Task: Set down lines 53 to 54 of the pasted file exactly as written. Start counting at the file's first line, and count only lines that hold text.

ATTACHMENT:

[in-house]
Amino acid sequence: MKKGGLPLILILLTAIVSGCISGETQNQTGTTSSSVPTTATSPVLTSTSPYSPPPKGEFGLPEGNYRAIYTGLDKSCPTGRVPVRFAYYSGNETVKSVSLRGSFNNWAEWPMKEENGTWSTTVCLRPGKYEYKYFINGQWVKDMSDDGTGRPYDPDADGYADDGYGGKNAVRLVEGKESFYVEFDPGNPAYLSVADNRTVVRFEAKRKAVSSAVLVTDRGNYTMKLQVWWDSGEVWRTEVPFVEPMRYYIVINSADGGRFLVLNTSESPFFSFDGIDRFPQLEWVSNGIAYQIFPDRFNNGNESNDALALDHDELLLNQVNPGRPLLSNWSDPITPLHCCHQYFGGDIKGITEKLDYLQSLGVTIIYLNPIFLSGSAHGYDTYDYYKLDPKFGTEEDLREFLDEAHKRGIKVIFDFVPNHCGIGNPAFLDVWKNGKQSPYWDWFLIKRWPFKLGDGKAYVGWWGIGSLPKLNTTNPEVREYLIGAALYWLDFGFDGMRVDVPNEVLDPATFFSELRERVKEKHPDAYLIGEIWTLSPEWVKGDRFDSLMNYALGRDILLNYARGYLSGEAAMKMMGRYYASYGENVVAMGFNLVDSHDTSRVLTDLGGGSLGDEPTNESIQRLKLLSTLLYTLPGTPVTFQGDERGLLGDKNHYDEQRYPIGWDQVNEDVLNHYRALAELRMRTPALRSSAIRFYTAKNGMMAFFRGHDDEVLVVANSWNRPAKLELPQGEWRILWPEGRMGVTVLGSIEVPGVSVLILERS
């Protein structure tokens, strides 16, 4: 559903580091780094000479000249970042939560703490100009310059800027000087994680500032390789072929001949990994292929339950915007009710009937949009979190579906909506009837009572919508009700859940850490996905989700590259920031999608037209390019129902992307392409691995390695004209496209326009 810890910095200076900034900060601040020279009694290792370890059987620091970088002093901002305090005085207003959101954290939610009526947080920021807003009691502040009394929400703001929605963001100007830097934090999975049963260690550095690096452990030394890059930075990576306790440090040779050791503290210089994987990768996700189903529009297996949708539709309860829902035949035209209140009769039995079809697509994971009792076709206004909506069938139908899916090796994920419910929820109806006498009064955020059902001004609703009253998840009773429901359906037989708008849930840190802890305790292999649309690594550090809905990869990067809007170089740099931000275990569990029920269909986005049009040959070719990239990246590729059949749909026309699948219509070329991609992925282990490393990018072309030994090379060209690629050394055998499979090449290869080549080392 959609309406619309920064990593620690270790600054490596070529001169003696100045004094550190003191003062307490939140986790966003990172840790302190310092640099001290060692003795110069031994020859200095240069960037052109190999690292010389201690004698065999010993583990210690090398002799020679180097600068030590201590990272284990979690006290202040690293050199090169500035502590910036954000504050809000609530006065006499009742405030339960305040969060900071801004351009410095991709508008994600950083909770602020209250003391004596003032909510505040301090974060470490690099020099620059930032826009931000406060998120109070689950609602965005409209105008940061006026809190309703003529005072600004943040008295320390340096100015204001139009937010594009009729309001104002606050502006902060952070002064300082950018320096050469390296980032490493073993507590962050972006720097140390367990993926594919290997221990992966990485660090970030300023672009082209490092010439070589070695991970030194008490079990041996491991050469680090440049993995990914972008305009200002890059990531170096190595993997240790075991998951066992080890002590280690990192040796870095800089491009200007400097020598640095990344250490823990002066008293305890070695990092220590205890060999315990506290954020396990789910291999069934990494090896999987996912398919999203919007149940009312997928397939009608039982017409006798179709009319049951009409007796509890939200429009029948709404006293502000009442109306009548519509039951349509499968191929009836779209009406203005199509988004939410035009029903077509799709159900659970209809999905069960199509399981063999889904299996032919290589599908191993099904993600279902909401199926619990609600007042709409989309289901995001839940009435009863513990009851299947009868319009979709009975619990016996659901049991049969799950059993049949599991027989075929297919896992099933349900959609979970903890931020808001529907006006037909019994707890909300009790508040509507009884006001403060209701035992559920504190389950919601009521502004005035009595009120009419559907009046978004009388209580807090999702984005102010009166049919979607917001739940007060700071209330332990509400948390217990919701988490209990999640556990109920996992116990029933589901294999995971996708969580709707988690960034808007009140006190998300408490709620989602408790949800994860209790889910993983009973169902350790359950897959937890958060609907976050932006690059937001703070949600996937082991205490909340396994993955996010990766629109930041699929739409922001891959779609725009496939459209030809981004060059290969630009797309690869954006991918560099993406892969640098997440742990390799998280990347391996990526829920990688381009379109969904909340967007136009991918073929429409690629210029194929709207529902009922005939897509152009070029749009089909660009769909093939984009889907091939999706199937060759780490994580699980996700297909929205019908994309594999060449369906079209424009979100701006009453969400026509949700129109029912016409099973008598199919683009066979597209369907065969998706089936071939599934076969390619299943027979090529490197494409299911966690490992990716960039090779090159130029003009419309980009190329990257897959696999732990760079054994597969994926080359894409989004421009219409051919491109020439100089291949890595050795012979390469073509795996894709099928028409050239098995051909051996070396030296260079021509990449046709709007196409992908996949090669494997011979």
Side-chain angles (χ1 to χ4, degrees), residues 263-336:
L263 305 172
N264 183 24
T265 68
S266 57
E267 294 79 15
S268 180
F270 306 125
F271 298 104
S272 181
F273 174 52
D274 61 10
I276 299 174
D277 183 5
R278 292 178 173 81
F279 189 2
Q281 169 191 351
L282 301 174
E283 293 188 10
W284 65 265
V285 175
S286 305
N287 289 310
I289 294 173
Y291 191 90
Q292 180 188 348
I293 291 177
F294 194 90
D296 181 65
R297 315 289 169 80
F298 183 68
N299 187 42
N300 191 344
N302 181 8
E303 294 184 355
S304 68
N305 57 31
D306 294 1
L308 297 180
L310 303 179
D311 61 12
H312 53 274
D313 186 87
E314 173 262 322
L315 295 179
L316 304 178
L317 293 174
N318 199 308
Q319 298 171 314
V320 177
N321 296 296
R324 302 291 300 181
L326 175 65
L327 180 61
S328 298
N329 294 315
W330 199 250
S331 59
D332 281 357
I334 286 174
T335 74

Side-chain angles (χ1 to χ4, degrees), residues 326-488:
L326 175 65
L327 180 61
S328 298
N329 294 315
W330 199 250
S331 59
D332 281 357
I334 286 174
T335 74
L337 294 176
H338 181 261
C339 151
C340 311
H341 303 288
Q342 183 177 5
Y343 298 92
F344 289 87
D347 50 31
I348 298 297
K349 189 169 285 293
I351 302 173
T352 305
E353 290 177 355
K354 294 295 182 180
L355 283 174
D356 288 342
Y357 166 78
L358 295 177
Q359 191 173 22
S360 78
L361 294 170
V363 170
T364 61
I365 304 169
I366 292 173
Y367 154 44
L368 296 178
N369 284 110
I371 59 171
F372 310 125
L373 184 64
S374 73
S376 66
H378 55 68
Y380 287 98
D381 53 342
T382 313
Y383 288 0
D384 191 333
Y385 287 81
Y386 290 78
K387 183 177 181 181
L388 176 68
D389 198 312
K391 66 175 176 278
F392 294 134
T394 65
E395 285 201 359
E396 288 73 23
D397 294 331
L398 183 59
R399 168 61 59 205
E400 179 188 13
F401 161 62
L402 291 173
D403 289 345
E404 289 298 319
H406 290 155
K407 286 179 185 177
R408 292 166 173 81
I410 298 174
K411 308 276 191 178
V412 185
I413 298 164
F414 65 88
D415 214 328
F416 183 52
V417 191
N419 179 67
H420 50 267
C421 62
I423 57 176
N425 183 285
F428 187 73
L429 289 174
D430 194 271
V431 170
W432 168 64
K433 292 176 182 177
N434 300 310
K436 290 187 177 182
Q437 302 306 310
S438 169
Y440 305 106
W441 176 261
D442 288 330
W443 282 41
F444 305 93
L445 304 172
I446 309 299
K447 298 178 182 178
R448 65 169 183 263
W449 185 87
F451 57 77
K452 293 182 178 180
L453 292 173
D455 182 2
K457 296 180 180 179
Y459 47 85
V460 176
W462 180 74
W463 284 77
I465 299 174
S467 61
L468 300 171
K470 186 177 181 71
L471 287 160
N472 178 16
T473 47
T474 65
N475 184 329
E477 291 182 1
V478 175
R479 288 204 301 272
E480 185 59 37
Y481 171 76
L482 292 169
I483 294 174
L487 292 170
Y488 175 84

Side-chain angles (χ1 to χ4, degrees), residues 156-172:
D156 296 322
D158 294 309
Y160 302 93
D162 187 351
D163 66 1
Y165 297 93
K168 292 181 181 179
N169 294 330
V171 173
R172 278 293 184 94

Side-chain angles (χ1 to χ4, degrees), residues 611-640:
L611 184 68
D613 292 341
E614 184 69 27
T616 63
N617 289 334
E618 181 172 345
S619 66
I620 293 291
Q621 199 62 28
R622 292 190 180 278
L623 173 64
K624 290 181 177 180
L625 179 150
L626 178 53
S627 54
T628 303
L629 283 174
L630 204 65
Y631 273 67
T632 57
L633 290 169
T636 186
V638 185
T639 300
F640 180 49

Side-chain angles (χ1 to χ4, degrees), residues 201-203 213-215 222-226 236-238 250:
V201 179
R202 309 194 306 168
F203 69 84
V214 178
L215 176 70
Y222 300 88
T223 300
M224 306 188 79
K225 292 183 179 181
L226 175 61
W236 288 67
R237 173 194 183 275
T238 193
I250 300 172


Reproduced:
V320 177
N321 296 296